Soul Day has anchored this neighborhood, the tightly knit Virginia Park community, since the summer of 1967, when a police raid on a nearby after-hours joint exploded into a riot from which the city has yet to fully recover.
"This neighborhood was like a jewel among jewels back then," remembers Collins, whose sweet-soul harmony group, the Ultimate Ovation, also is a neighborhood mainstay. "This area used to just be one of them areas, where everything was everything."
He points to a strip of land next to the playing field that now houses a National Guard Armory. "That used to be Olympia Stadium. That's where everybody used to go. The Jacksons used to come up here and perform. The Temptations -- all of 'em."
Inspired by the sounds of the day, Collins hooked up with brothers Marvin and Damon Gardner. "When we officially formed the Ovation, we were about 14," he recalls. "We met in school, right before the riot. When we found out Damon could sing -- I mean, really sing -- we got together and bumped heads, and we've been together ever since. We've had our ups and downs like any group. We've broken up and come back together. But we haven't given up."
Along the way, the trio has done everything from leaping out of nightclub balconies wearing homemade capes and crash helmets to spearheading a long list of community projects. Marvin even ran for District Council.
The Ultimate Ovation also released a string of what are now highly collectible 45s, including the 1974 soul-stomper "Chameleon Man." The single was recorded for Aquarius, a local label that's legendary among underground DJs for releases by the Soul Impressions and the Domestic Five.
The single's bottom deck, the fuzz-funk classic "Hello Baby," is the latest Aquarius side to be picked up by rabid DJs. "That really freaked me out," Collins says of the single's newfound notoriety. "I'm like, 'This song's been out for years, but a new generation is listening to it?' I'm lovin' that!"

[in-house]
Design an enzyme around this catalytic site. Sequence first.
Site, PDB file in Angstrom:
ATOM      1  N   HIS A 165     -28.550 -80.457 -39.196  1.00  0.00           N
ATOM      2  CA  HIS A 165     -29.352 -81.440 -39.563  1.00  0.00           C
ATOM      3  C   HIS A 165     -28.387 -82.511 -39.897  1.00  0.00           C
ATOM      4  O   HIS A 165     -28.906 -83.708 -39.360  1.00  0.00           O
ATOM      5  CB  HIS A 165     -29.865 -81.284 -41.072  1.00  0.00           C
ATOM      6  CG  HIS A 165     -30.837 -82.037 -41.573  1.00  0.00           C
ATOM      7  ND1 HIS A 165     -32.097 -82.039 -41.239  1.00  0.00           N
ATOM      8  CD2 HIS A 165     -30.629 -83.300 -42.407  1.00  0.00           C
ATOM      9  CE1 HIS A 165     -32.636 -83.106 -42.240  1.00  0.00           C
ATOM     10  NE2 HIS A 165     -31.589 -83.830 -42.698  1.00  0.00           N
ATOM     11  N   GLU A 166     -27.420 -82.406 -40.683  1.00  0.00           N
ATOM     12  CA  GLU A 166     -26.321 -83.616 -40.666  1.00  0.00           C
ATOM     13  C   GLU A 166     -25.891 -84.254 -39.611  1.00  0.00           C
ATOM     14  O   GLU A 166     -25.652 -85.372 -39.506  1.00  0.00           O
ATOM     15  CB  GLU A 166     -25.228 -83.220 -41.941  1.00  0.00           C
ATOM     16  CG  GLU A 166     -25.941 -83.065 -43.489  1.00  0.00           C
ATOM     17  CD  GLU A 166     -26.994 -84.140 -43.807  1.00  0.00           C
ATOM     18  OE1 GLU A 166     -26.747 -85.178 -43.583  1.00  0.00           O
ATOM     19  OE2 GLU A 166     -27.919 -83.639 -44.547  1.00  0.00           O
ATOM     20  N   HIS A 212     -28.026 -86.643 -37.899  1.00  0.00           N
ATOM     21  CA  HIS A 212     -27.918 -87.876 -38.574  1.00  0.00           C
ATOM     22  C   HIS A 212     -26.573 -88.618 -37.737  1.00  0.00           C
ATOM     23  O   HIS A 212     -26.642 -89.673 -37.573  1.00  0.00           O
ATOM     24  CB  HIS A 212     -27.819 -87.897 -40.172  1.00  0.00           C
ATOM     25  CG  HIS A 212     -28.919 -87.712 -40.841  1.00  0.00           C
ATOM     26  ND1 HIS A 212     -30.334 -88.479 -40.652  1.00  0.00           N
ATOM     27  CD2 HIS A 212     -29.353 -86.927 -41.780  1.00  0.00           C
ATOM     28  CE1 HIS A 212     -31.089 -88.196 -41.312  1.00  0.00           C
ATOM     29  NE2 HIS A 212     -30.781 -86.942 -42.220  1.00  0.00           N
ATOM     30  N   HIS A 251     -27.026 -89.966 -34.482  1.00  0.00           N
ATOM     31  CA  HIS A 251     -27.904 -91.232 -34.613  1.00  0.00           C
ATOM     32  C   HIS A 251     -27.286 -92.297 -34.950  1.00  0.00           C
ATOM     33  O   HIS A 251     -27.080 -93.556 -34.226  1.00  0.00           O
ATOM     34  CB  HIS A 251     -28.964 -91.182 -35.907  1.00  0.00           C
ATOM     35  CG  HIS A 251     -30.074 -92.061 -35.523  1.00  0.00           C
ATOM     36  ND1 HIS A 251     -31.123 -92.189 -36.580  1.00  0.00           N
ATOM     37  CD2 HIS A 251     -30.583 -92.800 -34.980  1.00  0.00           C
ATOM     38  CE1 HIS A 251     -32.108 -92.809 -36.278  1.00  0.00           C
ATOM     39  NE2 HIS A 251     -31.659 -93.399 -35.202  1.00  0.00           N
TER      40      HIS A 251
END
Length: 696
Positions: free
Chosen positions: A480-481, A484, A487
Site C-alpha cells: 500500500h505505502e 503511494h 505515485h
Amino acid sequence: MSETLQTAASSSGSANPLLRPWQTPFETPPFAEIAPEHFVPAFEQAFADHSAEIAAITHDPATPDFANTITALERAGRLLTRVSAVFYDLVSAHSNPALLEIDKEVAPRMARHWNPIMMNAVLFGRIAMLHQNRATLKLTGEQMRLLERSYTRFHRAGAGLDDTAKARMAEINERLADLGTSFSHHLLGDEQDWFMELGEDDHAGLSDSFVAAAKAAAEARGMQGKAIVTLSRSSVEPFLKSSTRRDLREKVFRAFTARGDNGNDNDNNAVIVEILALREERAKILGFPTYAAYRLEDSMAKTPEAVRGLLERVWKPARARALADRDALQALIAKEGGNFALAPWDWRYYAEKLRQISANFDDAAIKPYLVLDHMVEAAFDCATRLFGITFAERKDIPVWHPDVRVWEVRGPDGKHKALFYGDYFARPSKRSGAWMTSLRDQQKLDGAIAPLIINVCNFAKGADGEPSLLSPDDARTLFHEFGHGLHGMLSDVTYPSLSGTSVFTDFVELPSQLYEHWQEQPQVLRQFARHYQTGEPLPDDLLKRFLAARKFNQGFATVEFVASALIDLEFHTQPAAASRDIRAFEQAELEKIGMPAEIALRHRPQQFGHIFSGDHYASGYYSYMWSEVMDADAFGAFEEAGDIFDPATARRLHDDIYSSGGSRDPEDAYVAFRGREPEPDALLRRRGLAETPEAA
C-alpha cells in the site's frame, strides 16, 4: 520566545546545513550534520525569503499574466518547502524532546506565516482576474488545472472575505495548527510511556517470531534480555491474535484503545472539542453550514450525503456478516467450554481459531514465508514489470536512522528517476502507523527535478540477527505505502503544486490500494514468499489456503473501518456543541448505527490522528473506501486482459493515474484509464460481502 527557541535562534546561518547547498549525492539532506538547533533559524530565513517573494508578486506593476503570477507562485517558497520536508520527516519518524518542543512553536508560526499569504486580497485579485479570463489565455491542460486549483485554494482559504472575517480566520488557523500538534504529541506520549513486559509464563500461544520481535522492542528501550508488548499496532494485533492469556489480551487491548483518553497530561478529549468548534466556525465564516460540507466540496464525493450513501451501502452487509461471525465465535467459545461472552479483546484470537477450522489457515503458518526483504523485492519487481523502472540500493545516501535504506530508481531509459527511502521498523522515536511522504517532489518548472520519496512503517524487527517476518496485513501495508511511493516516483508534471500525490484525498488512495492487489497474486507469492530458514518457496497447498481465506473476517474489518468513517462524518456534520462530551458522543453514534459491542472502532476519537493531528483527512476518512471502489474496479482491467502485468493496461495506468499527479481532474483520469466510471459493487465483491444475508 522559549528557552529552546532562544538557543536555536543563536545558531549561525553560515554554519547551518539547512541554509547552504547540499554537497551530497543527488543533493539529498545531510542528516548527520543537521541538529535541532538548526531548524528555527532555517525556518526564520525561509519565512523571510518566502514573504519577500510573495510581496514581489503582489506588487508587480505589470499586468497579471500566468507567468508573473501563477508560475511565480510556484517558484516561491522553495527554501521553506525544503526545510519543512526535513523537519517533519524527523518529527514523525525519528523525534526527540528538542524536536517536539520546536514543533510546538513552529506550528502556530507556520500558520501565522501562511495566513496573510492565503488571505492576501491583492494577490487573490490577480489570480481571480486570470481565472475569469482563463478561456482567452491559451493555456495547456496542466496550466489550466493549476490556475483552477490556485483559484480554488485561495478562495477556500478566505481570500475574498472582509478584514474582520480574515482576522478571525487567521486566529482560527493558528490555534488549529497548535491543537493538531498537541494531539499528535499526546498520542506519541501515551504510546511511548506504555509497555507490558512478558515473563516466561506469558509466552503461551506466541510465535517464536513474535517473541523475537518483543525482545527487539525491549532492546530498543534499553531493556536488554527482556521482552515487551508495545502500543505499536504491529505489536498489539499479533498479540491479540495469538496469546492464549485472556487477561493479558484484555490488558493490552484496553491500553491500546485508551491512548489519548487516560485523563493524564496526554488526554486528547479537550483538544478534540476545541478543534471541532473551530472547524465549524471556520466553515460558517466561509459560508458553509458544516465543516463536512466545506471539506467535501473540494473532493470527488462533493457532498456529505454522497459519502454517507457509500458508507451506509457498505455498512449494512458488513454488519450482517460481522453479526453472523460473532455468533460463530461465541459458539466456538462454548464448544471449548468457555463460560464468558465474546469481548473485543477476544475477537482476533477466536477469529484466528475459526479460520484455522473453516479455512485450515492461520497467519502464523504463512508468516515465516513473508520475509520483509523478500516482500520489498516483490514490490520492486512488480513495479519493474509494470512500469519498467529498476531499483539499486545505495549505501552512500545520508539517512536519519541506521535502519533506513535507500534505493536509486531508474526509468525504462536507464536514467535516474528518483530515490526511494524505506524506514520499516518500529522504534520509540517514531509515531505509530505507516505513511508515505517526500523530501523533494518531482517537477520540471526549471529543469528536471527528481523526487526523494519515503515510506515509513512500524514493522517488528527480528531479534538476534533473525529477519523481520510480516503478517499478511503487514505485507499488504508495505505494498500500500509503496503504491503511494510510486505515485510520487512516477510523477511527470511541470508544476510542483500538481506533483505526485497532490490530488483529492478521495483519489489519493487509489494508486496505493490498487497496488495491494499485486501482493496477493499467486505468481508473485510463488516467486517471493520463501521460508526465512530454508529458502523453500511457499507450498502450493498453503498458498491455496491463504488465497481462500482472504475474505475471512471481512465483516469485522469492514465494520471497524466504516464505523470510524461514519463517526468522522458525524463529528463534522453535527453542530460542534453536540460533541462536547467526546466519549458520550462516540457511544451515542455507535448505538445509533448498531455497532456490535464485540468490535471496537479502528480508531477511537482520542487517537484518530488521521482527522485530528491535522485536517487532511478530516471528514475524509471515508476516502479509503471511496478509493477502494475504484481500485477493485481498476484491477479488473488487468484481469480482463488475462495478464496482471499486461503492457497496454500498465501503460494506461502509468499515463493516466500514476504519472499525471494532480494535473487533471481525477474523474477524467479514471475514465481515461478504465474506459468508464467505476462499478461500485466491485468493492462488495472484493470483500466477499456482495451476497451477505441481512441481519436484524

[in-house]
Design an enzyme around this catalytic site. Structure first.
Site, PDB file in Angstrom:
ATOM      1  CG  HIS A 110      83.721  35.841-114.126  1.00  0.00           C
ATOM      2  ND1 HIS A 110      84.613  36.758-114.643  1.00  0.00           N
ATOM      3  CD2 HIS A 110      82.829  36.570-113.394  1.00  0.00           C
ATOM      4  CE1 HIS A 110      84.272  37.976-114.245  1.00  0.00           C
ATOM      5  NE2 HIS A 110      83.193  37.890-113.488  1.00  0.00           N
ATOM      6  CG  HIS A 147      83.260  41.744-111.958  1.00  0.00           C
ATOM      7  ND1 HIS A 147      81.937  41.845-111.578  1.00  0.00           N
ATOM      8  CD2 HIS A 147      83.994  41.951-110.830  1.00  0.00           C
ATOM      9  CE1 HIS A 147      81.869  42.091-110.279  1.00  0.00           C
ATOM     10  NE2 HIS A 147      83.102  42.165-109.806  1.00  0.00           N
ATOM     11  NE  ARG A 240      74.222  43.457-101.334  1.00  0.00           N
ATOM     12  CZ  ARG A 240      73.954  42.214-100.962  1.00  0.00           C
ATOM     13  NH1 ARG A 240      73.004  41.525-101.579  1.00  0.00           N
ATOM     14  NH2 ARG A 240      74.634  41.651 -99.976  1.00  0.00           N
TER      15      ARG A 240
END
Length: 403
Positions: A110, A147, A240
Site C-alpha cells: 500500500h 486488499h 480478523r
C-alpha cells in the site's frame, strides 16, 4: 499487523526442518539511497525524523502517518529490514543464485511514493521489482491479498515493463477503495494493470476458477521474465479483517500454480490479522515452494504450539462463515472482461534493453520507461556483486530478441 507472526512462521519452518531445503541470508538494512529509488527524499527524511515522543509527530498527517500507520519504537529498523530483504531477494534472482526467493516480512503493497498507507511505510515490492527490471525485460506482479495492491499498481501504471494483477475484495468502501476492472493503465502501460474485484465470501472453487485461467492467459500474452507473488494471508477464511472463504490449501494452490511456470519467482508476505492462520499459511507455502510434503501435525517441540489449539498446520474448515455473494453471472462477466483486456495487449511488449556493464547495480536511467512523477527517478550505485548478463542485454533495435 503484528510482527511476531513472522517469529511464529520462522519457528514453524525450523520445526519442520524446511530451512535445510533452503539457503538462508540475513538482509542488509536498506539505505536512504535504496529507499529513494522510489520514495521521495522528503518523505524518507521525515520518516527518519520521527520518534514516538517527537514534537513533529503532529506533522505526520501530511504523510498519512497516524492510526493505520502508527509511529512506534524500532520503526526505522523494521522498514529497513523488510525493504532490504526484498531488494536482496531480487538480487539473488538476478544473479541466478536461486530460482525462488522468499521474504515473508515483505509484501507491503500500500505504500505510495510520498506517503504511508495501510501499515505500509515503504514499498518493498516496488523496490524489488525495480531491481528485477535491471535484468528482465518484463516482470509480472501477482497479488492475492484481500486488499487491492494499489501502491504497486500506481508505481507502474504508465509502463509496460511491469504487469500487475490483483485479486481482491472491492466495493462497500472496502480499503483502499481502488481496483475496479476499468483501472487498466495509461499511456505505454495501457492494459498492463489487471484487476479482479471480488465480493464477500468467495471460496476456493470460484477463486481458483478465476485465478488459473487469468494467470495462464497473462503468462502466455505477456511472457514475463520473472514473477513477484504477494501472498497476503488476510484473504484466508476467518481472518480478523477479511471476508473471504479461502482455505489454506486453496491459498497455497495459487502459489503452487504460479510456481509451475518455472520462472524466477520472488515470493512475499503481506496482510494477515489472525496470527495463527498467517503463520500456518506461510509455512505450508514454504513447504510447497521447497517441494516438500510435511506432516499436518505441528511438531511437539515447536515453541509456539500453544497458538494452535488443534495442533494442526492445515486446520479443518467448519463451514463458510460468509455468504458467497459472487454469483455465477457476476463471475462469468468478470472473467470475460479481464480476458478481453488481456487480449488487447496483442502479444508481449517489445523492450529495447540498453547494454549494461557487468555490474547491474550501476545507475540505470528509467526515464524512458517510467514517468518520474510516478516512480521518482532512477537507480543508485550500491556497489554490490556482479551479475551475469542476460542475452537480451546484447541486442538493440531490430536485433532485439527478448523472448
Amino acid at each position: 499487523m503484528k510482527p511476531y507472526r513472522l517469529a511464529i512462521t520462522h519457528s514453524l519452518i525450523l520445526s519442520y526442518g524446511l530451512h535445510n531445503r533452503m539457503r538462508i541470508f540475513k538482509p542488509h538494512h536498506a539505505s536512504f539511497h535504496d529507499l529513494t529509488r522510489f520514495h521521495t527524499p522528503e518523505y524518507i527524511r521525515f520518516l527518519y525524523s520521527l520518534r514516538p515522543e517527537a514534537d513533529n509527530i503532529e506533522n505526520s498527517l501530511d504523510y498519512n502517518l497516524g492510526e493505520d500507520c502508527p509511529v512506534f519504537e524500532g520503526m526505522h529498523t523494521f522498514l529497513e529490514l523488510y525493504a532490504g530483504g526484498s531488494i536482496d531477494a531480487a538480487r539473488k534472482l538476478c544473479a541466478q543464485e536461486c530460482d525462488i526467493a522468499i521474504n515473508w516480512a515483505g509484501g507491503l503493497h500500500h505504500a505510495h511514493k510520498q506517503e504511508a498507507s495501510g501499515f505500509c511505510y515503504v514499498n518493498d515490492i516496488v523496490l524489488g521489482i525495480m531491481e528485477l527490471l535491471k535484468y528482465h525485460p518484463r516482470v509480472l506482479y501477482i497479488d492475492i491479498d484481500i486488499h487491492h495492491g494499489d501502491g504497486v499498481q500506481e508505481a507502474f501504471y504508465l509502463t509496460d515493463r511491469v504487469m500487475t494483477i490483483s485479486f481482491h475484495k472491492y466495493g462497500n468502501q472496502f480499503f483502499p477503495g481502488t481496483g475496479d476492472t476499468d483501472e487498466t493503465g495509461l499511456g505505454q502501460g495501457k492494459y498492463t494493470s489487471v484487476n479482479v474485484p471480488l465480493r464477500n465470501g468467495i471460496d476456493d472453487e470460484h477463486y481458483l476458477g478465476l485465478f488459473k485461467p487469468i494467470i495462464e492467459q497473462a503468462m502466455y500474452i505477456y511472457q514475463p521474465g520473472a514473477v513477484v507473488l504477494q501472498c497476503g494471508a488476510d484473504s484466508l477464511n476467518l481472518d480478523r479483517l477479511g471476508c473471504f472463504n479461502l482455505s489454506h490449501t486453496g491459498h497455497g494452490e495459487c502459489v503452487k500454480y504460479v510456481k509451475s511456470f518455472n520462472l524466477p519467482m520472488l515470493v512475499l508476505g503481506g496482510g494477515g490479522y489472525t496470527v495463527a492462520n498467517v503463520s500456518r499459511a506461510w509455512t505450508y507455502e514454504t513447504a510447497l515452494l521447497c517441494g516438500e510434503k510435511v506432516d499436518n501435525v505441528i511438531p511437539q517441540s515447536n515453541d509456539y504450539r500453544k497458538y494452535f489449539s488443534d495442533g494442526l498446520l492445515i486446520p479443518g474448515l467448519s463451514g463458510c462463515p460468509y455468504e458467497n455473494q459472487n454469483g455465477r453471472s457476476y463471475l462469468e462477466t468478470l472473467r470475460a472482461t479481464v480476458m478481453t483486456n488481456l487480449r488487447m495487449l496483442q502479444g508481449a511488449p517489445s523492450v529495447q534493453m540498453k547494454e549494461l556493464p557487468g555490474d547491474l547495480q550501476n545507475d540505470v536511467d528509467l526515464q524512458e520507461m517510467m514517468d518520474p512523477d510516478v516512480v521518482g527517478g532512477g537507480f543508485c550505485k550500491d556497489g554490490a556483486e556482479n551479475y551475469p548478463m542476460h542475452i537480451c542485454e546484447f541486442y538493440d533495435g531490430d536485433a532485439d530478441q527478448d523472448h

One such DJ is Detroit native Brad Hales, who specializes in lost sounds at his downtown record shop, People's Records. Hales was playing bass in the punk band Easy Action when he came across a copy of the Aquarius single. But it was through a member of yet another local soul group that Hales came into contact with Collins.
"I met Keith through this dude named Walter that they all call 'Wimp,' who was a member of Mad Dog and the Pups," Hales remembers, citing the group behind the local hit "Hep Squeeze." "One day I was playing the 'Chameleon Man' single for some friends of mine, saying, 'Isn't this the craziest thing you've ever heard?' The next morning I walk out of my house to go to work, and Walter is riding by on his bike. He told me he was going to sing with some friends. It turned out those friends were the Ultimate Ovation."
Soon after, Hales joined forces with guitarist Jeff Meier (of Rocket 455) and drummer Mike Audia to back Detroit soul legend Nathaniel Mayer. "Keith and Wimp ended up singing background at some Nathaniel gigs," recalls Meier. "And Brad said, 'You should hear the group that Keith used to have.'"
Of course, that group was still together; they were just performing under a different name. Reverting to its original moniker, the Ultimate Ovation hooked up with Mayer's backing band as well as guitarist Dan Kroha, best known for his work with the Gories and Demolition Doll Rods.
Dubbed the Force of Power Band by Collins, the outfit began resurrecting the Ovation songbook, from the lighthearted "Showdown" and the intimate "Mountain of Love" to the chilling activist anthem "Come to the Front." The aggregation will help launch Meier's Eleganza imprint with a soon-to-be-released 45.
Reflecting the cross-pollination of rock and roll and R&B that has long been the soundtrack of Detroit, the latest addition to the show is Collins' daughter, Ke-Ke-Keisha, a poet and rapper whose segment often brings the house down.
Hales hears a lot of amazing records in his business, but he remains partial to harmony groups such as the Ovation. "It's more impressive to hear a group of people do a really tight recording or performance smoothly, rather than just a singer. It's almost a lost art form. That's why I'm glad to be playing with these guys. They're keeping a valuable tradition alive."
And their sound appeals to a wide audience: "Young people like their tempos, but this music reaches people in their 40s and 50s. They can dance to it," Hales says.
But the dancing isn't limited to the audience. The Ultimate Ovation's synchronized steps are as impressive as its smooth harmonies."It's the tradition of 'stepping,'" says Hales, explaining the relationship between the onstage moves and the music's relaxed tempo. "They have a lot of nice mid-tempo steppers. Combine that with harmony and songs about love -- it's heavy."
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